You will be receiving, or have already received, an e-mail invitation to access a dropbox from which you will be able to access the documents referenced below.

Please click on this link to view the contracts: Dropbox Link to document download.

FAQ No. 4    

Date: 1-4-2019 Updated: 1-9-2019 Subject:

Freedom of Information Request Date: 6-1-2018: I would like to know who and what department created the webpage at this address: http://www.doa.la.gov/Pages/ocd-dru/for_training.aspx

I find it not useful at all and when so many public records are missing from the OCD-DRU website pages I feel this is a waste of government resources to allow to be viewed by the public.

State of Louisiana Response dated 6-5-2018:

Your public record request e-mail, dated June 1, 2018, was received by the Division of Administration on June 1, 2018. Upon review, your e-mail does not present a public records request as described in Louisiana R.S. 44:1(A)(2). As such, we are unable to provide a response.


>>>> NOTES <<<<<
Web page was removed and replaced with a redirect to the main page. The state did not acknowledge the report.

FAQ No. 5    

Date: 1-4-2019 Updated: 1-4-2019 Subject:

Freedom of Information Request dated 6-18-2018.

Copy of the OCD-DRU policy regarding NFIP (National Flood Insurance Program) ICC (Increased Cost of Compliance) funds with respect to the calculation of duplication of benefits (DOB).

>> State of Louisiana Response 6-22-2018 <<

See attached manual and/or view at this link:Attached Homeowners Manual version 3.1 and download link

pages 51 to 52 of the document pertain to NFIP (building and ICC) and DOB calculation.

FAQ No. 6    

Date: 1-4-2019 Updated: 1-4-2019 Subject:

Freedom of Information Request: 6-26-2018, Copy of the "Declined SBA Award Policy".

This document is referenced in
1. "Draft ReLa Program Management Policies (Attachment VII) Page 31 of 189"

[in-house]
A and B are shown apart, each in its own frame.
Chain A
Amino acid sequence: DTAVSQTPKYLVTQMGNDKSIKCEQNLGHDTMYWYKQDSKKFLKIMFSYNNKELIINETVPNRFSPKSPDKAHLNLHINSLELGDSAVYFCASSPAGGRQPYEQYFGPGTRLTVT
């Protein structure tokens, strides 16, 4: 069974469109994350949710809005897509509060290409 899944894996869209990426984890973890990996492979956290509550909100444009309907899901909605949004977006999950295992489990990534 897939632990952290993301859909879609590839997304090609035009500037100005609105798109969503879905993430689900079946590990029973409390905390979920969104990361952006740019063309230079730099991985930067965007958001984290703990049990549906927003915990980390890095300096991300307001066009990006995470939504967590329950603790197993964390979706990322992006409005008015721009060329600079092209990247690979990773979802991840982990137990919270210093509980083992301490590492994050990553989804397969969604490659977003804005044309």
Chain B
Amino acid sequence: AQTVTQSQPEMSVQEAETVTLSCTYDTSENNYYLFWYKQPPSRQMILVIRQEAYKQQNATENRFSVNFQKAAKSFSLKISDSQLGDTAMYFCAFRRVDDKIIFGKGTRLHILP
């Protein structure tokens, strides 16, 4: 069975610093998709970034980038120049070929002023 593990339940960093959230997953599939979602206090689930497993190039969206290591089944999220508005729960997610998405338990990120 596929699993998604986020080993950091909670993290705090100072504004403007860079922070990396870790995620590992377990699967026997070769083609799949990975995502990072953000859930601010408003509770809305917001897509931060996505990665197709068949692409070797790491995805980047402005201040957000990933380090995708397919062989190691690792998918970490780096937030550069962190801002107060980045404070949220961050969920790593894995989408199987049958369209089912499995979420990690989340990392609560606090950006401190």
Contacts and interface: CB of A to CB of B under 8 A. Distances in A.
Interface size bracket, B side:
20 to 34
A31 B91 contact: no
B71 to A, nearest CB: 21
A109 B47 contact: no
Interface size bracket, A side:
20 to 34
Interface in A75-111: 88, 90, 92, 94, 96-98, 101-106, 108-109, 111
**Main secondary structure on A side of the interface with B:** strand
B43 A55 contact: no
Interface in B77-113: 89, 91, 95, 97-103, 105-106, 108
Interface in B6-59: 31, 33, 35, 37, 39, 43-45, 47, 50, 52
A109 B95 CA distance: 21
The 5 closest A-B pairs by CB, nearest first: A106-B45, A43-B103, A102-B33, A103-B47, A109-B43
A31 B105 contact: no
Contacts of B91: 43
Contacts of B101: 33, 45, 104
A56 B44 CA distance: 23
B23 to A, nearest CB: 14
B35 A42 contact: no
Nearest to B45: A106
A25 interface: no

2. "Homeowners Manual version 3.1 page 52 under SBA Verification"

>>> Response State of Louisiana <<<

Date: 6-28-2018

The "Declined SBA Award Policy" is found on page 52 of the manual you refer to in your email below. This is the current policy:

"Applicants who have applied for an SBA loan but have a record of declining the loan or have not executed the SBA loan may be considered for RLHP funding, but awards will be adjusted to account for any SBA DOB. If a low to moderate income (LMI) household has declined an SBA loan, a hardship will be presumed and the SBA loan will not be considered a duplication of benefit. SBA loan declination is defined as an applicant having never executed the SBA loan documents."

When the "verification" paragraph states: RHLP Declined SBA Award Policy – it is referring to the paragraph above it in the manual (see snip image below).

FAQ No. 7    

Date: 1-4-2019 Updated: 1-4-2019 Subject:

We publish stories with the intent to help others that follow in our post disaster footprints.

Disaster victims often do not want to relive the ordeal but many that have just became victims or have been searching for answers may learn from your experiences of disasters long past. It is our goal to share with others so we all may rebuild and recover faster. Sharing experiences, post disaster experiences, from cleanup to rebuilding and all points in between. Let's document the processes each victim had to complete after the Presidential Disaster Declaration or the Emergency Declaration has been signed into action.

  • We require 600-2400 words.
    If you require additional space consider making two or more submissions which we will group together if possible.